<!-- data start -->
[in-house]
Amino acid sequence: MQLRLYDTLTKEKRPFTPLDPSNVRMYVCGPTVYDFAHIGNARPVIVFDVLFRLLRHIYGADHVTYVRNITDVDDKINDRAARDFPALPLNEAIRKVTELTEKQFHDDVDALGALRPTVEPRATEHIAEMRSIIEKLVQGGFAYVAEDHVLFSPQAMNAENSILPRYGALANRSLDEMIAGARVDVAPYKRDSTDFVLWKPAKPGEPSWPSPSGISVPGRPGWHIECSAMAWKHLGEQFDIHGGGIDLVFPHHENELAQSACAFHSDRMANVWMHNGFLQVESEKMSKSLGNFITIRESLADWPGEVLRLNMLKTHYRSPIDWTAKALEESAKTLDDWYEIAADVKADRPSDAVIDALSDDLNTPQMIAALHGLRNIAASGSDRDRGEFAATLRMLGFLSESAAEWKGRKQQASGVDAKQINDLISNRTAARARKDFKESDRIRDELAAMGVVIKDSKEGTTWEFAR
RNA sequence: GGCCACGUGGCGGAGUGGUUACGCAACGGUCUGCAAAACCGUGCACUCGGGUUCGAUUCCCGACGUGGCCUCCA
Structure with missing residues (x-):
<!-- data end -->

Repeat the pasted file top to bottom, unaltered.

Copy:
[in-house]
Amino acid sequence: MQLRLYDTLTKEKRPFTPLDPSNVRMYVCGPTVYDFAHIGNARPVIVFDVLFRLLRHIYGADHVTYVRNITDVDDKINDRAARDFPALPLNEAIRKVTELTEKQFHDDVDALGALRPTVEPRATEHIAEMRSIIEKLVQGGFAYVAEDHVLFSPQAMNAENSILPRYGALANRSLDEMIAGARVDVAPYKRDSTDFVLWKPAKPGEPSWPSPSGISVPGRPGWHIECSAMAWKHLGEQFDIHGGGIDLVFPHHENELAQSACAFHSDRMANVWMHNGFLQVESEKMSKSLGNFITIRESLADWPGEVLRLNMLKTHYRSPIDWTAKALEESAKTLDDWYEIAADVKADRPSDAVIDALSDDLNTPQMIAALHGLRNIAASGSDRDRGEFAATLRMLGFLSESAAEWKGRKQQASGVDAKQINDLISNRTAARARKDFKESDRIRDELAAMGVVIKDSKEGTTWEFAR
RNA sequence: GGCCACGUGGCGGAGUGGUUACGCAACGGUCUGCAAAACCGUGCACUCGGGUUCGAUUCCCGACGUGGCCUCCA
Structure with missing residues (x-):